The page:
Early to school runs risk of later failure

22nd November 2002 at 00:00
Calls to reconsider starting age follow claims that young children are being turned off lessons. Anat Arkin reports.

Growing evidence that children in the UK gain no lasting advantage from starting school earlier than those in other countries has prompted calls for a rethink of the Government's early-years strategy.

Far from offering children a head start, teaching them the 3Rs too soon gives many a taste of failure that eventually leads to truancy and disaffection, according to advocates of a later school starting age.

"The first lesson some kids learn is that they are thick, but they are not really thick, they are just being presented with work which is not appropriate to their developmental status," said Paul Clein, chair of Liverpool City Council's education committee Mr Clein was a speaker at a recent seminar on the school starting age organised by the National Foundation for Educational Research (NFER) and the Local Government Association (LGA).

Caroline Sharp, principal researcher at the NFER, stressed that evidence about the benefits of different starting ages was far from conclusive. Presenting a review of research, she told the seminar that international comparisons provided only indirect evidence because they involved very different cultures and educational systems.

"What we can say is that a later start does not appear to hold back children's progress, although it is important not to forget the important contribution made by children's experiences at home and in pre-school," she said.

"Certainly, there would appear to be no compelling educational rationale for a statutory school age of five or for the practice of admitting four-year-olds to school reception classes."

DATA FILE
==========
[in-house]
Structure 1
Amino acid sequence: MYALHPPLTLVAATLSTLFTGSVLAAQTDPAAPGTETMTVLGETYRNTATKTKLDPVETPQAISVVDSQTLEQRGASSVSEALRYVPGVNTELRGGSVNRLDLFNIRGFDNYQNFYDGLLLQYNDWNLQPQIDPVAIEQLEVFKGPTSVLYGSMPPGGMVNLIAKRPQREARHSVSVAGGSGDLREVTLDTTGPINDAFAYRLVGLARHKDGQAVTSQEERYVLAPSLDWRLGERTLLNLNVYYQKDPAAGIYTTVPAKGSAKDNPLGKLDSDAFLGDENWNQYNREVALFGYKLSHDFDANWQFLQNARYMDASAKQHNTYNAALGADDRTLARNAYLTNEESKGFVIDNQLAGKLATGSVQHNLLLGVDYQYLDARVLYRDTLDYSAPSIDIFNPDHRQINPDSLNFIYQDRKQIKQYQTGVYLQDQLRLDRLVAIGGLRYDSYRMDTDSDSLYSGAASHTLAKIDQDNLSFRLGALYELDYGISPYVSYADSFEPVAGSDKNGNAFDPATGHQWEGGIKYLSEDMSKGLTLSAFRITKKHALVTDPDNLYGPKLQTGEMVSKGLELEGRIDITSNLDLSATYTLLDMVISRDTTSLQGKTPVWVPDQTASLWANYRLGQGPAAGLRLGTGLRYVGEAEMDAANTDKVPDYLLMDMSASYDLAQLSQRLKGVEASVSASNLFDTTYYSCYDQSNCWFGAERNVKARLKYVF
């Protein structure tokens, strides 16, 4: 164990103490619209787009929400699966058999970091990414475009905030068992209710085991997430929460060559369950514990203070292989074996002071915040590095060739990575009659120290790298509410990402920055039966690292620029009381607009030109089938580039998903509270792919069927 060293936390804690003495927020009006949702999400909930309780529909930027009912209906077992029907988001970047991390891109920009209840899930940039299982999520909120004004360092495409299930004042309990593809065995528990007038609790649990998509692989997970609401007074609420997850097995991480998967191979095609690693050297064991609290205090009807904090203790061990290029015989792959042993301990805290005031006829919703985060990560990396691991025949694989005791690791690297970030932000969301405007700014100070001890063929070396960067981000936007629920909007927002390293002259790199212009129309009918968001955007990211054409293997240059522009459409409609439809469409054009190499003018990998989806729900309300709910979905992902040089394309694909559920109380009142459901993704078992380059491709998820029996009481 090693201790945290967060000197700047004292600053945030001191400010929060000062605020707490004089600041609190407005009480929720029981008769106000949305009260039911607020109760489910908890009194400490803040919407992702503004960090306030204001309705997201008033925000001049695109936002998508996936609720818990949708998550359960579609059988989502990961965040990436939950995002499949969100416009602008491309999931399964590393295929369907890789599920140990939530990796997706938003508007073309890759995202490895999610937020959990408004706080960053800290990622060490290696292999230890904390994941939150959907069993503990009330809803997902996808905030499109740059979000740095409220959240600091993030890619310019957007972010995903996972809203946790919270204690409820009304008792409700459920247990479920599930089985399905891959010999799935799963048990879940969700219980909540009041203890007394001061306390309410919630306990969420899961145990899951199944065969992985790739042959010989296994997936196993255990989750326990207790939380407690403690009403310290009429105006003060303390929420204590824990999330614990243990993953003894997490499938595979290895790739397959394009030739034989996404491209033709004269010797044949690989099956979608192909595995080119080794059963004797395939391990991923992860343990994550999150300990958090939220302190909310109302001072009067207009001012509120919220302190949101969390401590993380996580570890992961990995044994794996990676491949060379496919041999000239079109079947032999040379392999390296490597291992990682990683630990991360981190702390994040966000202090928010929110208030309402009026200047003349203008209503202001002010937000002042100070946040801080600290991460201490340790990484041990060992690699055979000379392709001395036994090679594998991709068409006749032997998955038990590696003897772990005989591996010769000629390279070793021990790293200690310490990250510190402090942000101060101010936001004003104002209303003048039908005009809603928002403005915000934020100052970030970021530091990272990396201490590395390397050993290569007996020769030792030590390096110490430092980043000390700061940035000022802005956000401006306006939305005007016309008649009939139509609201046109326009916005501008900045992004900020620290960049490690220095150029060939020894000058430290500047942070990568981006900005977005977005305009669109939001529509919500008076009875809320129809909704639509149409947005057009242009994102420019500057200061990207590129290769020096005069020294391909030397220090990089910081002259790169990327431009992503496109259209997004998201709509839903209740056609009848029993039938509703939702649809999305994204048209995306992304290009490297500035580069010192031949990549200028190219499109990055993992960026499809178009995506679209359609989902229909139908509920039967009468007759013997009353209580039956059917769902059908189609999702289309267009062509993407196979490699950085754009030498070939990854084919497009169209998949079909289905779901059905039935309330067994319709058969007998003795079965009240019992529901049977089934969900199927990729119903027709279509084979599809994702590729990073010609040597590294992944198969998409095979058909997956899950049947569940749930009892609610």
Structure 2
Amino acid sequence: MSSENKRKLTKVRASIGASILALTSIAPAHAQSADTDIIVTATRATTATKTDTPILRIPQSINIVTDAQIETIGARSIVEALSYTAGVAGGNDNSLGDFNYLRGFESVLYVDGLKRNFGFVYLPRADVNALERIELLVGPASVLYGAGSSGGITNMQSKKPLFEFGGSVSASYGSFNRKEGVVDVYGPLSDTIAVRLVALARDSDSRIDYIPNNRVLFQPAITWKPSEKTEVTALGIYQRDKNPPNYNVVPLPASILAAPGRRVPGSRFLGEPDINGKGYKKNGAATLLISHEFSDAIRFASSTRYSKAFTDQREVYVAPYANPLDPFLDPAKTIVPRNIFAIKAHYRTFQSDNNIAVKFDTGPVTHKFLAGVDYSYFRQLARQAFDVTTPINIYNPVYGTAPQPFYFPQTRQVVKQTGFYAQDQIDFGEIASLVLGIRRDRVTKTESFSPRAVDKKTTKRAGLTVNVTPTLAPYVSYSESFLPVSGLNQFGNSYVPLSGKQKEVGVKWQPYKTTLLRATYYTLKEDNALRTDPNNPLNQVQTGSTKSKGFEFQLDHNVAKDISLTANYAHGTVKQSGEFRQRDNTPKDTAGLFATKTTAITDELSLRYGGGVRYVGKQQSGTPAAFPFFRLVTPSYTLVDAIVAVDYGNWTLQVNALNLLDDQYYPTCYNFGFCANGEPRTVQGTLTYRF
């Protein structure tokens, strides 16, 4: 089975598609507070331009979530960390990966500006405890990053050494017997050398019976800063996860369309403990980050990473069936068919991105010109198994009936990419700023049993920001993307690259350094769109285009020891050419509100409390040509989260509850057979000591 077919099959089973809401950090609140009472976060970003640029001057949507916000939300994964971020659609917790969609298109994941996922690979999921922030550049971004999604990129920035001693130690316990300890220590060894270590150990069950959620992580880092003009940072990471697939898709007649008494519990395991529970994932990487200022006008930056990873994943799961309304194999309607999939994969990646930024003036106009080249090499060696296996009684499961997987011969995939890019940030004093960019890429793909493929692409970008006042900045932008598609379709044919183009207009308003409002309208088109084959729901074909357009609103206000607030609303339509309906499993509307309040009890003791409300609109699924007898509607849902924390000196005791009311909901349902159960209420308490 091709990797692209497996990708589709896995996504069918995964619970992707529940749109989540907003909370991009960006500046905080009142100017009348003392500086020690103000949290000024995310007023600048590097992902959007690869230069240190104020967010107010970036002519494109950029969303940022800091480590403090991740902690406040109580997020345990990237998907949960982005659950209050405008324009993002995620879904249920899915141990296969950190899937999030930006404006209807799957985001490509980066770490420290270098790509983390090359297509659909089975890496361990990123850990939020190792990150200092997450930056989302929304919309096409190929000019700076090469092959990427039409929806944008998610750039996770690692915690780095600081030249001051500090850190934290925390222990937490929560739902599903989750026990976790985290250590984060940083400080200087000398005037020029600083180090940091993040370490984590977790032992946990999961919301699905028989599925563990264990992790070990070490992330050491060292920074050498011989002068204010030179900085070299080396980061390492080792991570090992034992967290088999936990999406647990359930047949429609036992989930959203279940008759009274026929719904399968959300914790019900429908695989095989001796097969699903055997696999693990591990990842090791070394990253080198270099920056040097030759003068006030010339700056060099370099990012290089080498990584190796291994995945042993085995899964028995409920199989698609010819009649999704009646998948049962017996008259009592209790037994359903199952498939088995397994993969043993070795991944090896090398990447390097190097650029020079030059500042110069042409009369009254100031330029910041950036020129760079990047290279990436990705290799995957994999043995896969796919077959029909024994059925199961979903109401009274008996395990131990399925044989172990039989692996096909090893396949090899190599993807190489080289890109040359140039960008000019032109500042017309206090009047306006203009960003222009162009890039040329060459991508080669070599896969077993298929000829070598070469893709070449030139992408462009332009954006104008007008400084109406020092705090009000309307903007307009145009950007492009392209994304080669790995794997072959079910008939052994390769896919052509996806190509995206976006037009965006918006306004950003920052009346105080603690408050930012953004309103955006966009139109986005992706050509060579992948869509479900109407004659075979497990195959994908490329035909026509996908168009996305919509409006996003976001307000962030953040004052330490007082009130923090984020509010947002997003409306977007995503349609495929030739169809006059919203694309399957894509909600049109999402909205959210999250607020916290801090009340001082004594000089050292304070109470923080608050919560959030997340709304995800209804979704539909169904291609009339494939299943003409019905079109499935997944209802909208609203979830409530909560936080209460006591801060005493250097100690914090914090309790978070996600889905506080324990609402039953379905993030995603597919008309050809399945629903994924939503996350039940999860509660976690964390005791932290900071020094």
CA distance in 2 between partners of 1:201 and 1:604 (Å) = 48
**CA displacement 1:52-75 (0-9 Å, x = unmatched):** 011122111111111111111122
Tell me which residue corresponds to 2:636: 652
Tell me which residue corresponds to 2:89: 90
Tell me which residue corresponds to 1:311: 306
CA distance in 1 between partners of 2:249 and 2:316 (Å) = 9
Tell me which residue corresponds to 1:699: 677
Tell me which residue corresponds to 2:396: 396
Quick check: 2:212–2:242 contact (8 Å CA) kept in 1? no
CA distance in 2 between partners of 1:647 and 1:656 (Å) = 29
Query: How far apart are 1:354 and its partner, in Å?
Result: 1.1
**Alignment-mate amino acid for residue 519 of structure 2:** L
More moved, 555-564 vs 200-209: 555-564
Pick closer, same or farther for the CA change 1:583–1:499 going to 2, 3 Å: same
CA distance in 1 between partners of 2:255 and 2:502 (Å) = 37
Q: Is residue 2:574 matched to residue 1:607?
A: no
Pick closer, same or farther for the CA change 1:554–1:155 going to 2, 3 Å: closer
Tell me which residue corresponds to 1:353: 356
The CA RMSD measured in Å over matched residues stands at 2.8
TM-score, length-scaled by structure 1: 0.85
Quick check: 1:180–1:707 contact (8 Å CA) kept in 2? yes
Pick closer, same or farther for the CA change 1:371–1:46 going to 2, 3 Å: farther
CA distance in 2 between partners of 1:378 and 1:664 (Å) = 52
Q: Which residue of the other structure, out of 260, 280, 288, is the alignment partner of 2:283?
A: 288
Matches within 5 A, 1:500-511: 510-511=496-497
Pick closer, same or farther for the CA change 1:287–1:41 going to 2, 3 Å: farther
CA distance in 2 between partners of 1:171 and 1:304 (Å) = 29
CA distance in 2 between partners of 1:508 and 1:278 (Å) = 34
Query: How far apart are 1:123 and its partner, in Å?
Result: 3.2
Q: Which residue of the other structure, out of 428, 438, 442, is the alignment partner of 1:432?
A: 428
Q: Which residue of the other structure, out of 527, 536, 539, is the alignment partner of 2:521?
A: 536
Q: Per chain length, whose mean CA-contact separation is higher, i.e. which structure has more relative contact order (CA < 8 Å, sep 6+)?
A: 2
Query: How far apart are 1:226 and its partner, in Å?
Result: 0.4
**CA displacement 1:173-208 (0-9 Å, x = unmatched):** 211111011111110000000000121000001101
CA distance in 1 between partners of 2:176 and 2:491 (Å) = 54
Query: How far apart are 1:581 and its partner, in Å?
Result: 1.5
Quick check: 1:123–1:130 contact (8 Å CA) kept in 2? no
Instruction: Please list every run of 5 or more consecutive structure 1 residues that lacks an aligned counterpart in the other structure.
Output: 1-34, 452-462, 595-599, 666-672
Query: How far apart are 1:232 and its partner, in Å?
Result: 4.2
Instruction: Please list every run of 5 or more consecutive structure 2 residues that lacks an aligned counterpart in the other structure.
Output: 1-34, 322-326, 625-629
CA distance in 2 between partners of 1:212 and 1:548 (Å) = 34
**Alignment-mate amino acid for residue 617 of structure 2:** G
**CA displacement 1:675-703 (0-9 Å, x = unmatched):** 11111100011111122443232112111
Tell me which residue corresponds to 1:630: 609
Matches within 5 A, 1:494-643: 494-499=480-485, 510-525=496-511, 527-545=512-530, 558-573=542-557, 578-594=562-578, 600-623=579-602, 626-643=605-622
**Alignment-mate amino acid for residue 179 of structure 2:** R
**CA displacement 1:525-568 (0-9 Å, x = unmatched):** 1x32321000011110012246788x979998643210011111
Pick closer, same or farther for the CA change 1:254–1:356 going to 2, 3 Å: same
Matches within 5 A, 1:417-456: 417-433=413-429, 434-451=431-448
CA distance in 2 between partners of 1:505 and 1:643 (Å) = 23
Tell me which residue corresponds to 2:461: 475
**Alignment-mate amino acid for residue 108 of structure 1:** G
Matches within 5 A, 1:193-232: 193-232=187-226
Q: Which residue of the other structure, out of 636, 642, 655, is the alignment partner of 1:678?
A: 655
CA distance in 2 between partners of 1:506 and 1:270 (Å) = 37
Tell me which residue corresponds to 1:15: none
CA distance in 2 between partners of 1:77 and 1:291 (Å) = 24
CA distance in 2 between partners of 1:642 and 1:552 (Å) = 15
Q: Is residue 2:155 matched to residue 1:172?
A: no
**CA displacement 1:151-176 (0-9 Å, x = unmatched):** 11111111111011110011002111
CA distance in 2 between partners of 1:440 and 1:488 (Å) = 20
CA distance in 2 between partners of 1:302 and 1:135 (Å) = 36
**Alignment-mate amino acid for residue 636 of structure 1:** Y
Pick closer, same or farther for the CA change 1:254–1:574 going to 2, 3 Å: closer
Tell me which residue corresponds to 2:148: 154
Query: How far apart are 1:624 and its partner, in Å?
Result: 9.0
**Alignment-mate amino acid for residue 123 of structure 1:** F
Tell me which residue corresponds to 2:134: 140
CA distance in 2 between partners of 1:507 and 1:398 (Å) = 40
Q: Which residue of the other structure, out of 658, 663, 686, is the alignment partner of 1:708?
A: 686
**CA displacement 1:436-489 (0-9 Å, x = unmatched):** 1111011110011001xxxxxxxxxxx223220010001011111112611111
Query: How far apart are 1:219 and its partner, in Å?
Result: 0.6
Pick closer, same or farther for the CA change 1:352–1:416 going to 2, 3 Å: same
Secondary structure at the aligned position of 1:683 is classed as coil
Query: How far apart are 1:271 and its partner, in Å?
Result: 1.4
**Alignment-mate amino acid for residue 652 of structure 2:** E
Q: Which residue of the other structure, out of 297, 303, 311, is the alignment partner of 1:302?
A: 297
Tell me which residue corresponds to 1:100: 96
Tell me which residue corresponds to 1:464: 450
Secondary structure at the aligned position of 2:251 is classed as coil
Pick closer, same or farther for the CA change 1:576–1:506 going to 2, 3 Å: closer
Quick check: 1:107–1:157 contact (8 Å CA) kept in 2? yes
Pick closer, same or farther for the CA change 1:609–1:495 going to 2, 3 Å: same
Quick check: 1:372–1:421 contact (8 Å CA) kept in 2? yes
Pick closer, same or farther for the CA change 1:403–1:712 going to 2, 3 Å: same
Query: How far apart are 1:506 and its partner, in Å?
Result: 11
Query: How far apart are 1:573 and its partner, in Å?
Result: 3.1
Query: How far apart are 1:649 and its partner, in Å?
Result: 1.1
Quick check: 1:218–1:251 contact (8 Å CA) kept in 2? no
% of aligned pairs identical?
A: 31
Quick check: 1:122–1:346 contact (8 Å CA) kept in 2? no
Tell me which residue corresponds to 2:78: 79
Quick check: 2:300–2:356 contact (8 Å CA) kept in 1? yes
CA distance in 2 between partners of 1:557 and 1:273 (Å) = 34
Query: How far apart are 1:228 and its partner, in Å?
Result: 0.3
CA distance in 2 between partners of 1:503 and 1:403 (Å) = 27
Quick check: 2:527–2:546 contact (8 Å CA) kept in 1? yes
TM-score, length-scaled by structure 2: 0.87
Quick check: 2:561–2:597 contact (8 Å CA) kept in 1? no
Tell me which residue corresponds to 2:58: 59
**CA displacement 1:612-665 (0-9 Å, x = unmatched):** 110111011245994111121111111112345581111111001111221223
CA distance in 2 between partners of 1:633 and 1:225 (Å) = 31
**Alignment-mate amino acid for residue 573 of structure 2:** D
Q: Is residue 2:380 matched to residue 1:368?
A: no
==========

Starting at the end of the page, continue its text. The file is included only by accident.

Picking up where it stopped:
This practice is on the increase, with the latest government figures showing that in January this year, 59 per cent of four-year-olds were in school reception classes - up from 55 per cent four years ago. The Netherlands is the only other European country where children can start formal schooling at such a young age.

Six is the most common starting age in Europe and the rest of the world, although many countries provide pre-school education from the age of three.

Arguments in favour of the UK's early starting age usually centre on the need to level the playing field for children from disadvantaged backgrounds.

Yet a recent study by the Organisation for Economic Co-Operation and Development showed that by the time they reached their teens, the gap between the achievements of students from professional and working-class backgrounds was wider in Britain than in most other countries.

Other studies have found that while learning to read at an early age gives children an initial academic advantage, this is not sustained in the long-term. There are also indications that formal schooling can make young children feel anxious and reduce their motivation to learn. An early introduction to a formal curriculum may mean that children miss out on other important learning experiences, especially the chance to develop social and cognitive skills.

On the other hand, effective pre-school education that combines adult-led activities with play can work for all children. The early-years educators and other participants at the NFERLGA seminar agreed on the need to provide all three to six-year-olds with experiences appropriate for their age.

While some thought this could be done by extending the Foundation Stage to the end of Year 1, others argued for the more radical step of raising the school starting age to six.

But the Department for Education and Skills has no plans to adopt either proposal. A spokeswoman for the department said: "What is important is that the early-learning experience is of good quality and is relevant to the stage of a child's development. This is the fundamental aim of the Foundation Stage and we are now working to embed this effective practice."

School starting age: European policy and recent research by Caroline Sharp is available at www.nfer.ac.uk


Age four: Northern Ireland Age five: England, Malta, Netherlands, Scotland, Wales Age six: Austria, Belgium, Cyprus, Czech Republic, France, Germany, Greece, Hungary, Iceland, Republic of Ireland, Italy,Liechtenstein, Lithuania, Luxembourg, Norway, Portugal, Slovakia, Slovenia, Spain Age seven: Bulgaria, Estonia, Denmark, Finland, Latvia, Poland, Romania, Sweden Source: European Commission. EURYDICE and EUROSTAT

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